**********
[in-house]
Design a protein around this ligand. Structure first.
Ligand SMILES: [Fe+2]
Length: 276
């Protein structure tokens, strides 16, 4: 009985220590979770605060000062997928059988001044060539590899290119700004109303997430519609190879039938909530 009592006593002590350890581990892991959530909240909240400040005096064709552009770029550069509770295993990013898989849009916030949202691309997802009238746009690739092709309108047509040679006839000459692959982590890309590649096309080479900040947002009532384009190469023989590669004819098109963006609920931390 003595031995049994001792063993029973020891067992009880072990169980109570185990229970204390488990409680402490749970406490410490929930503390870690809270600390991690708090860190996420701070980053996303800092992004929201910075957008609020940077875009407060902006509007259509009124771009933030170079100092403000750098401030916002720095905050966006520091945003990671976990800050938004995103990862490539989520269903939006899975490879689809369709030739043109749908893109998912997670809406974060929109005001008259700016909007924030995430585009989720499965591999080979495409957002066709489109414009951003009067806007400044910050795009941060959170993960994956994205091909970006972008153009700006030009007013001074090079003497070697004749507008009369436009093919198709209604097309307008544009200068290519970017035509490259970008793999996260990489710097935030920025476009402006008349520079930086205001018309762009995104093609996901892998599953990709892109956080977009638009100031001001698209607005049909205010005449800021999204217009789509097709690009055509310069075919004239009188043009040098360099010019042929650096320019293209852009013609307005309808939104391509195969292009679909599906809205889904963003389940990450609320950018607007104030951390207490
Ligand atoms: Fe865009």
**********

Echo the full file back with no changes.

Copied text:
[in-house]
Design a protein around this ligand. Structure first.
Ligand SMILES: [Fe+2]
Length: 276
């Protein structure tokens, strides 16, 4: 009985220590979770605060000062997928059988001044060539590899290119700004109303997430519609190879039938909530 009592006593002590350890581990892991959530909240909240400040005096064709552009770029550069509770295993990013898989849009916030949202691309997802009238746009690739092709309108047509040679006839000459692959982590890309590649096309080479900040947002009532384009190469023989590669004819098109963006609920931390 003595031995049994001792063993029973020891067992009880072990169980109570185990229970204390488990409680402490749970406490410490929930503390870690809270600390991690708090860190996420701070980053996303800092992004929201910075957008609020940077875009407060902006509007259509009124771009933030170079100092403000750098401030916002720095905050966006520091945003990671976990800050938004995103990862490539989520269903939006899975490879689809369709030739043109749908893109998912997670809406974060929109005001008259700016909007924030995430585009989720499965591999080979495409957002066709489109414009951003009067806007400044910050795009941060959170993960994956994205091909970006972008153009700006030009007013001074090079003497070697004749507008009369436009093919198709209604097309307008544009200068290519970017035509490259970008793999996260990489710097935030920025476009402006008349520079930086205001018309762009995104093609996901892998599953990709892109956080977009638009100031001001698209607005049909205010005449800021999204217009789509097709690009055509310069075919004239009188043009040098360099010019042929650096320019293209852009013609307005309808939104391509195969292009679909599906809205889904963003389940990450609320950018607007104030951390207490
Ligand atoms: Fe865009």